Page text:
Mock Duck is not a bird; it is a recipe.
There are two main concepts of what "Mock Duck" means; both are completely different to each other. [Ed: See also Northumbrian Duck, which is more elaborate than either of these.]
Asian Mock Duck Skin
This is an Asian food item meant to look like brownish duck skin with nodules on it. It is used as an ingredient in dishes; it's not really something you'd eat on its own.
It is made from gluten (normally wheat gluten, aka Seitan), that is rolled out, and pressed so that it has indentations resembling duck skin. Other ingredients in the dough may include water, soy bean, oil, sugar, salt.
The thin, pressed pieces of dough are then stewed in soy sauce and msg to give it flavour and colour, and sold canned.
In Vietnamese cooking, it is often served in dishes with a spicy brown sauce, sometimes in curries.
To use, drain from can. Unless otherwise directed by a recipe, fry the pieces in some oil until crispy and browned, then use in stir fries, etc. It is already seasoned a bit, but absorbs other flavours in a dish.
North American Mock Duck
The second version of Mock Duck is a North American recipe for stuff beef steak, which is very similar to German rouladen. It doesn't actually look much like a duck.
You take a piece of flank or round steak, and flatten it out with a meat mallet, then roll it up around some breadcrumb stuffing, and secure the bundle with some string. The bundles are then baked covered in an oven with a bit of water around them to braise them. When the bundles are cooked, you make gray from the pan juices, and slice the bundles up to serve.
Some recipes omit the stuffing. Some recipes call for the bundles to be baked in a can of consomme or cream soup instead of just water. In the past, venison was sometimes used instead of beef.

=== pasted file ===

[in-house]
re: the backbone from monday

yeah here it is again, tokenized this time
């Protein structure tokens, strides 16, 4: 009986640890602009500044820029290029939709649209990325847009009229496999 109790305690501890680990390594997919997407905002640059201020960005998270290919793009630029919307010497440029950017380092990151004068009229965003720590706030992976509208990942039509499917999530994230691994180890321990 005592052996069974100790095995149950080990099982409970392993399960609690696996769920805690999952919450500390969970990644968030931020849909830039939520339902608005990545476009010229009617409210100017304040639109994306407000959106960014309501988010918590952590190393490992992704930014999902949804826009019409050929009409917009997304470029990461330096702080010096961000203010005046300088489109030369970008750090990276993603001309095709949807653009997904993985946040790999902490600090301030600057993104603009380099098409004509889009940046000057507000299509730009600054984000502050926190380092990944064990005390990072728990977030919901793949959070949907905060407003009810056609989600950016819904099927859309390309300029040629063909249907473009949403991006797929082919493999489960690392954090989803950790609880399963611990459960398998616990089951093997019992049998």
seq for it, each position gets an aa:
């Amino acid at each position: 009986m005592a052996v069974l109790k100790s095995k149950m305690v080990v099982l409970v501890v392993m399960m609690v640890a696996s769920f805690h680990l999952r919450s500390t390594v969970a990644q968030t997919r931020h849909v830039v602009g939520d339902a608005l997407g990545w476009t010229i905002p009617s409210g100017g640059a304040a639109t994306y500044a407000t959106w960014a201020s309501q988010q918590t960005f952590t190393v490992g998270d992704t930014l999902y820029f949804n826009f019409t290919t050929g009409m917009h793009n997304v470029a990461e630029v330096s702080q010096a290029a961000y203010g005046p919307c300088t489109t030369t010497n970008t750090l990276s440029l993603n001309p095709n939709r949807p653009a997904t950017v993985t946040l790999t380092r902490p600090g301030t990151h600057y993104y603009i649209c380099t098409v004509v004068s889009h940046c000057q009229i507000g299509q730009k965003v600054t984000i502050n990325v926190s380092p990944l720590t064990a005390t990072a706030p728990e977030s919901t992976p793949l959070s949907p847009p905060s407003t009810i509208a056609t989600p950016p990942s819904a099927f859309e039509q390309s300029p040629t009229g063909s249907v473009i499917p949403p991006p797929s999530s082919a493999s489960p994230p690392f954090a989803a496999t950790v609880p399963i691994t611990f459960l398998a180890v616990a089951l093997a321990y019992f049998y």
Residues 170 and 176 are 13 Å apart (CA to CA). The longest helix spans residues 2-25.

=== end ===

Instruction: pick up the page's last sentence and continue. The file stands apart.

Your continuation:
Mock Duck was popular particularly in Pennsylvania Dutch cooking traditions, and served in some families around Christmas time.
Literature & Lore
One of these relates to the preparation of "mock wild duck," of which the ingredients are: One flank steak or one and a half pounds of round steak cut one-half inch thick, two lamb kidneys, one quarter cup of butter; one-half cup of cracker crumbs, a teaspoon of minced onion, salt, pepper and powdered thyme, sage and savory, two teaspoonfuls of flour, one tablespoonful sugar, three cupfuls stock or water.
To prepare the mock duck trim the kidneys of all fat, cords and veins. Cut into small pieces and spread evenly over one side of the steak, together with the crumbs, onions and seasonings. Roll and tie with a cord. Brown the roll in fat, them remove and make a gravy by heating the flour in the fat, adding the stock or water and sugar. Put the meat into the gravy and cook slowly until tender in a covered baking dish, a steamer, or a fireless cooker. Serve hot, with mashed potatoes and turnips." -- U.S. Expert Suggests Ideal Christmas Dinner: Miss Caroline L. Hunt, of Bureau of Home Economics of Department of Agriculture, Also Gives Reason Why She Has Selected Items on Her Menu. New York Times. 19 December 1915.
Mock Duck was also the name of a Chinese gang leader in New York's Chinatown in the first years of the 1900s.
Meat DishesAgneau au Beurre; Aussie Meat Pies; Beef Dishes; Beef Wellington; Bouchées à la Périgourdine; Bouchées à la Reine; Cantonese Pressed Duck; Carne Adovada; Carne Asada; Chicken Fried Steak; Chop Suey; Coronation Chicken; Cottage Pie; Currywurst; Devils On Horseback; Duck à l'Orange; Faggots; Fricassée de Porc à la Genevoise; Fritto Misto; Garbage Plate; Golden Jubilee Chicken; Gremolata; Ground Meat Dishes; Lincolnshire Stuffed Chine; Meat Dishes; Mock Duck; Northumbrian Duck; Peking Duck; Pigs-in-a-Blanket; Pinnekjøtt; Pot-En-Pot Acadien; Pressed Duck; Pulled Pork; Quails à la Diane; Spiedies; Steak Diane; Sushi del Chianti; Teriyaki; Tiger Meat; Tonkatsu; Turducken; TV Dinners; Ulster Fry; White Meat and Gravy; Wiener Schnitzel; Woodcock à la Diane; Xaccuti; XimXim; Yosenabe
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